In fact the many results of experimental breeding during the past few years have convinced me that De Vries's general conception of this matter is incorrect. There may be finally a considerable modification of our ideas regarding the ultimate nature of Mendelian unit characters and the exact meaning of segregation, yet the universal applicability of a strict Mendelian system to interpret the facts of heredity becomes more and more apparent every day. And the point that I wish to emphasize is that Mendelian inheritance is a genuine corollary of the genotype hypothesis if the latter is applicable to a population in a state of natural hybridity. In my work with maize where free intercrossing does occur I am convinced of the existence of genotypes in a state of natural hybridization. Furthermore, these genotypes can be isolated by inbreeding. If it were true, then, that only certain markedly discontinuous characters such as color Mendelize, how could genotypes which differ from each other in size characters be isolated It is not expected, however, that the statement that Mendelian inheritance and the genotype hypothesis are interdependent will be received without proof. Data that are believed to furnish such proof are submitted here.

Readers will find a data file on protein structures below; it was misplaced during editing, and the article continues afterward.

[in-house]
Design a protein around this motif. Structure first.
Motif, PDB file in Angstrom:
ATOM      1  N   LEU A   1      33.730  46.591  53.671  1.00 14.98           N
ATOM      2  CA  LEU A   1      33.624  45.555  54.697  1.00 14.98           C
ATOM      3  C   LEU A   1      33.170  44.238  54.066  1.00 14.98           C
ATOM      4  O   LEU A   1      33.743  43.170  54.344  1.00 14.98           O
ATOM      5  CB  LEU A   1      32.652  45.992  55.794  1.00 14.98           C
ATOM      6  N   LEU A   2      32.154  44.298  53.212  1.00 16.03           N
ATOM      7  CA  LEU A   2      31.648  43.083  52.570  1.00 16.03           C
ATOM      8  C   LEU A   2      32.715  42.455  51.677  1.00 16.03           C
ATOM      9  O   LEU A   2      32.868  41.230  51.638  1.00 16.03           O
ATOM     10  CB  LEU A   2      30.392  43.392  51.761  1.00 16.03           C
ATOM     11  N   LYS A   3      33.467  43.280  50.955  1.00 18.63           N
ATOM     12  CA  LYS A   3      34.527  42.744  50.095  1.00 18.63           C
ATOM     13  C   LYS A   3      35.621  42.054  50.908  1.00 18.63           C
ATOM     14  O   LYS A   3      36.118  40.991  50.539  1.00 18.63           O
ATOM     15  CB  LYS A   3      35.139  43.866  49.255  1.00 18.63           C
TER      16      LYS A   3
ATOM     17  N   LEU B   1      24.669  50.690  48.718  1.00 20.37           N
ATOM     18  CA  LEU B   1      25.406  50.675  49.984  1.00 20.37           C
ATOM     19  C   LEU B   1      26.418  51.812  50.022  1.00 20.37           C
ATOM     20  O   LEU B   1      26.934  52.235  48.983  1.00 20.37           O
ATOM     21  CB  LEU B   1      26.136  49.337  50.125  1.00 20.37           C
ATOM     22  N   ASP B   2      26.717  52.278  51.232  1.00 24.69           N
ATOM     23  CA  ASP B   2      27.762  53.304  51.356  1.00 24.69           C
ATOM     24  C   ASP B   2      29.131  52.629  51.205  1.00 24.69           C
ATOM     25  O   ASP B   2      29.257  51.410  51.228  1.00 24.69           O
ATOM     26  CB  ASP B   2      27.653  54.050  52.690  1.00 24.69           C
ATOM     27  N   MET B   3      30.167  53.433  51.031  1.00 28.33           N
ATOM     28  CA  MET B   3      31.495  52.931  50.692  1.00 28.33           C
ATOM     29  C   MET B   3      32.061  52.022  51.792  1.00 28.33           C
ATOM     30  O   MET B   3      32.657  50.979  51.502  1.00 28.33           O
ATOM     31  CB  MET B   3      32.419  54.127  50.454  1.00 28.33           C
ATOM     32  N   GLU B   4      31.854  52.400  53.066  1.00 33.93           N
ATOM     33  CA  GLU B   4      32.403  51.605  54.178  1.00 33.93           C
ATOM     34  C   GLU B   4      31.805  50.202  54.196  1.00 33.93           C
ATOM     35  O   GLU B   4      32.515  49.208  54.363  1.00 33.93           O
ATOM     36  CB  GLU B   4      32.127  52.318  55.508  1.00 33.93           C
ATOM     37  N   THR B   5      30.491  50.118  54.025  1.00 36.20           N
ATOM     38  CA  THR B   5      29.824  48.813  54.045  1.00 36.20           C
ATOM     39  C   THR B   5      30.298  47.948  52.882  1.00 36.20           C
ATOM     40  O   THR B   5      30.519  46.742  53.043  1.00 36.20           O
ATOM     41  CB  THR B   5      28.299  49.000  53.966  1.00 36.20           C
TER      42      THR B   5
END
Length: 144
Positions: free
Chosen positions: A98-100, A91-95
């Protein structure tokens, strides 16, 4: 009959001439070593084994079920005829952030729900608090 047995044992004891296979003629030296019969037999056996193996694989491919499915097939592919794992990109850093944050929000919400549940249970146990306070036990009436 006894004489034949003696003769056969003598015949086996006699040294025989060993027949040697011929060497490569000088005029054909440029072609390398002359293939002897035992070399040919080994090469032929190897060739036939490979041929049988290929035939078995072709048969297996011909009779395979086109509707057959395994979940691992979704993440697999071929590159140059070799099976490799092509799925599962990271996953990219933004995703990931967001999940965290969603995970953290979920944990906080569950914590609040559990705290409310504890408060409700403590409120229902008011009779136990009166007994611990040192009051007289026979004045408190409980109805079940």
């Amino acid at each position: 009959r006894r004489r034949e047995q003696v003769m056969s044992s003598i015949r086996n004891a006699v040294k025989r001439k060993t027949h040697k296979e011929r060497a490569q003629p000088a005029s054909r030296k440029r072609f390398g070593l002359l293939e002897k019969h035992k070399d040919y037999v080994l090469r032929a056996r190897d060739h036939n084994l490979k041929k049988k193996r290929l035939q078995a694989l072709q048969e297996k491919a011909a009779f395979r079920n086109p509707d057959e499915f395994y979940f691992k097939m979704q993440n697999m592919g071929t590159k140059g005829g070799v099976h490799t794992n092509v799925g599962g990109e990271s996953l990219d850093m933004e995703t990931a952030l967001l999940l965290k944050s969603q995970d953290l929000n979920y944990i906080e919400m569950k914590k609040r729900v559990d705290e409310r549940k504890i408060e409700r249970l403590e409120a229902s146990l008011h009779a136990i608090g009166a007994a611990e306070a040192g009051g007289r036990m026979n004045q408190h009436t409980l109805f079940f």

When Mendelism was a new idea it was natural that the behavior of many hybrids should be regarded as irreconcilable to such a system of interpretation. The earlier criticisms arose largely through the misconception that dominance instead of segregation was its essential feature. Later, when so many complex results from pedigree cultures were fitted into a strict and simple Mendelian notation, it was objected that the investigators could by expert juggling of a sufficient number of factors interpret according to their system any experimental results they might obtain. Perhaps a few biologists regarded as a personal affront the gradual growth of the idea that the facts of heredity were complex, but it is [164] hardly likely that many could regard this complexity as an invention of Mendelians. The latter would only too gladly have the facts as simple as possible.